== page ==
Check for crispness after 20 minutes. Depending on how tightly you packed your kale on the baking sheets, you may need to bake a bit longer. You want them very crisp.

Serve them at your next do. They make for a great conversation starter.

Grumpy Vegan: It's official...sort of

The first vegan cookbook has made its way into the house, Veganomicon: The Ultimate Vegan Cookbook. You'll find it on many "best of" lists along with Mediterranean Vegan Kitchen, The Voluptuous Vegan, Vegetarian Cooking for Everyone (not completely vegan) and many, many others. These aren't endorsements; if you were to experience the compost-like meals coming out of the Nake-id Cucina, you'd see I know not whereof I speak.

I'm hoping this will start us on the path to more "hit" and less "miss." Sweet squash in mole sauce, anyone?

Antone thinks I should stick to my knitting.

 

Vegan-What's-for-Dinner Contest Extention

I'm extending the Vegan-What's-for-Dinner Contest through Friday, Aug. 5 due to time constraints. I'll announce on Saturday. A winner will be picked randomly from folks who submit go-to weeknight vegan dinner recipes. The Boca Burgers are wearing a little thin.

The winner will receive two Vera kitchen towels.

In the meantime, enjoy this recommedation from Reflections of a Bad Catholic: Fennel and Pistachio Salad (she subs cashews for the pistachios).

Vegan What's-for-Dinner Recipe Contest

Any Vera fans out there? A post mid-century designer, Vera Neumann broke ground in the textile world by brightening up the tabletop and bringing big prints to sheets. If you're of a certain age, you'll remember that fashionable women everywhere festooned their necks with her scarves. She was huge in the SIxties and Seventies.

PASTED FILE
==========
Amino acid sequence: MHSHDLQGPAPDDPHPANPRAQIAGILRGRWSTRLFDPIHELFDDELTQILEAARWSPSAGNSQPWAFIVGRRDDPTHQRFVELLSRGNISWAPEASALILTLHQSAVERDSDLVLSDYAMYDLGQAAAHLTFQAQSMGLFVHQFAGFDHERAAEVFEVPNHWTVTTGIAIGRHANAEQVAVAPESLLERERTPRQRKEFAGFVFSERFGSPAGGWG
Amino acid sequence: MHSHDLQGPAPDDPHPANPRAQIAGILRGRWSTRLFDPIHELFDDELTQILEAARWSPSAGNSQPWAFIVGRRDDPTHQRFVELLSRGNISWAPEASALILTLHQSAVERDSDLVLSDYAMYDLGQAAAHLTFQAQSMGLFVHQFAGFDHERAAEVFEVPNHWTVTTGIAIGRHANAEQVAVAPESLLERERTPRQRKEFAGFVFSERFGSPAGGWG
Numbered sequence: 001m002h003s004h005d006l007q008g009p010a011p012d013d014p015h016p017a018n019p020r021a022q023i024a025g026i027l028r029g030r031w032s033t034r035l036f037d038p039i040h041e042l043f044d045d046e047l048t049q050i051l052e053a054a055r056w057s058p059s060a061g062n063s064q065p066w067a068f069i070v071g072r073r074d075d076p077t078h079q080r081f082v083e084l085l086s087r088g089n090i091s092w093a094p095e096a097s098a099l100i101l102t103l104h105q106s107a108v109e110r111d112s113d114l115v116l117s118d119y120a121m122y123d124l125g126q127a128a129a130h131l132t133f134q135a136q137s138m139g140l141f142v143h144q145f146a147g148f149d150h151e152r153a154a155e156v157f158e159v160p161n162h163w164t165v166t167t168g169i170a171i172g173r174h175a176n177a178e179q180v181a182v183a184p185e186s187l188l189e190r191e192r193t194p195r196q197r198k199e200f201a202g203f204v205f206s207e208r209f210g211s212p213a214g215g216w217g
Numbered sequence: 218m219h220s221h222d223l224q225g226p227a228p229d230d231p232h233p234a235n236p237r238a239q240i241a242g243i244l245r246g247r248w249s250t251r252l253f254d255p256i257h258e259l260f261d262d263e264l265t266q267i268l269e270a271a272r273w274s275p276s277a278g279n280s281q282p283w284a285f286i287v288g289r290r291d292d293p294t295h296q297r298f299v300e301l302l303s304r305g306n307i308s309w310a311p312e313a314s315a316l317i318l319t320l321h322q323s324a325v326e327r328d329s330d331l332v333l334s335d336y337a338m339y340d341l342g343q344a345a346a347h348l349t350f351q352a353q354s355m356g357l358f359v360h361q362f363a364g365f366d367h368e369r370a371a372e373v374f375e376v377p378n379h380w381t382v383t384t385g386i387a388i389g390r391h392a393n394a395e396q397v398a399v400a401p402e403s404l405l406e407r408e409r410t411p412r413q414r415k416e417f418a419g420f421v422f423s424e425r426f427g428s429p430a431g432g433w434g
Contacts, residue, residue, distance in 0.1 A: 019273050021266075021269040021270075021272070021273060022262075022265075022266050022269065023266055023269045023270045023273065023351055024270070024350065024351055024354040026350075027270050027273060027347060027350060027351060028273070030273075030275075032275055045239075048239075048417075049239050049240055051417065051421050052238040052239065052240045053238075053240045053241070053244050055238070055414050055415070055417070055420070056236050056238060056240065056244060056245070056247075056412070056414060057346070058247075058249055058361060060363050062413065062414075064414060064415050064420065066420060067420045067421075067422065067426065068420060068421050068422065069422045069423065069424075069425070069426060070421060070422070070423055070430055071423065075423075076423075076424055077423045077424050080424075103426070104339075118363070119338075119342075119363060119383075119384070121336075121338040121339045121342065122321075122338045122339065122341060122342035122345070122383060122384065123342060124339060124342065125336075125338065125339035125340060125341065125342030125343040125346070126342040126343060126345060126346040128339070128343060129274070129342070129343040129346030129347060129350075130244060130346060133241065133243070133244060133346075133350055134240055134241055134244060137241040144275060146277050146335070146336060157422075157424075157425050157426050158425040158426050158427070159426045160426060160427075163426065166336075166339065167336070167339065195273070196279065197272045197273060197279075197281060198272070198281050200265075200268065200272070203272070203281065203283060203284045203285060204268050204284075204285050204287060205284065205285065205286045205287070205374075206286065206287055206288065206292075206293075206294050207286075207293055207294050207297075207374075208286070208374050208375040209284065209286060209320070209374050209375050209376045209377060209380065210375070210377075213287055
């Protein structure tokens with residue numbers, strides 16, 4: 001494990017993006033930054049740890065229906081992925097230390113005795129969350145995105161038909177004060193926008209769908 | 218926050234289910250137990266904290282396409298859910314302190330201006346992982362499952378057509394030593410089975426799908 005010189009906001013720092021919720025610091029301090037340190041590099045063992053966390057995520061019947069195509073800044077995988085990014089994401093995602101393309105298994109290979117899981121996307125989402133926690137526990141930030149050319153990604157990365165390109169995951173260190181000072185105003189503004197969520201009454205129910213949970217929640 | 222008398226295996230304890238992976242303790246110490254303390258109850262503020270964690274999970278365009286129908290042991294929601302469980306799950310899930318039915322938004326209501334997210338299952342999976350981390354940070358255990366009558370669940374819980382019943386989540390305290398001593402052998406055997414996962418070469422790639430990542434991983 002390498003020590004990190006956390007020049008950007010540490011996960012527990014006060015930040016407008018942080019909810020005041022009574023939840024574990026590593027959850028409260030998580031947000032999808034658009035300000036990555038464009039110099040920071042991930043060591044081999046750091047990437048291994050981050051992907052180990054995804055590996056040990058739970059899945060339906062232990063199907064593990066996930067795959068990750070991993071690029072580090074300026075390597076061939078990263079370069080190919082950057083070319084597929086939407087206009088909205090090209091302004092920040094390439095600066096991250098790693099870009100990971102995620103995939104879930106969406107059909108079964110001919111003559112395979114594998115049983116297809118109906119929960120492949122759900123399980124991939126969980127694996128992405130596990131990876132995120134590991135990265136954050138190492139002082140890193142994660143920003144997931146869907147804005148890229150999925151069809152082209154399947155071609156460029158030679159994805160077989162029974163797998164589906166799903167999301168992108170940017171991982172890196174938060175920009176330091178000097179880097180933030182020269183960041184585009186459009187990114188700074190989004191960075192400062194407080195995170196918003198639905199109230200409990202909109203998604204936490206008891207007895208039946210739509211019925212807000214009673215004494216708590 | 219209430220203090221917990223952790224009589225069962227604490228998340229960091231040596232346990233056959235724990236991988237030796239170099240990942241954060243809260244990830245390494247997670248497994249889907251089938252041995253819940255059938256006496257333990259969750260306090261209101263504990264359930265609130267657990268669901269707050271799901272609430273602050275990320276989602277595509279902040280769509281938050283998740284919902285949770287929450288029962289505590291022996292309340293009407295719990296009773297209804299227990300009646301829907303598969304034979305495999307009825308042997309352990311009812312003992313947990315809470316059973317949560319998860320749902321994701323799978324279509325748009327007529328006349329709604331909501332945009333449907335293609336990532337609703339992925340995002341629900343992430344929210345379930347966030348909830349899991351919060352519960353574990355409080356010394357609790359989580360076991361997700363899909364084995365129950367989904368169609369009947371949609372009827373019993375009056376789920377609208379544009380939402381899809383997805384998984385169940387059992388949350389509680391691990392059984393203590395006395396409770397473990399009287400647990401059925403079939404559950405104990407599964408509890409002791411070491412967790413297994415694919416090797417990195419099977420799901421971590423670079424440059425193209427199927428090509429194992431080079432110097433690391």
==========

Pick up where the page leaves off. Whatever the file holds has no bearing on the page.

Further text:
Though I'm a freelancer, I regularly collaborate with a team of extremely smart folks, who were in town yesterday for an all-day hoedown. After we made our presentations, we got to pick a surprise or steal someone else's. Since freelancers don't play well with others, I swiped the above.

These are going into the permanent collection at Chez Nake-id. But for the contest, I plan to reward the randomly picked winner with his or her very own veggie-themed Vera dish towels.

Post your recipe by next Tuesday, Aug. 2. The winner will be announced on Aug. 3.

I'll also post recipes contributed throughout the week with links to your blogs of websites.

Thanks for playing!

Vegan Recipe of the Day

Quorn Pasta (from The Crafty Geek)

Combine pasta, green pesto and Quorn, plus toasted pine kernels on top.

Grumpy Confused Vegan: What's for dinner contest?

Let's just say that sometimes a plate of broccoli is less than exciting.

Desperately seeking your go-to, week-night, plant-world recipes. A reward and contest is forthcoming. But any recipes contributed from now until Aug. 2 will be entered in a random drawing (and for consideration in the Nake-id Cucina).

Your suggestions, por favor?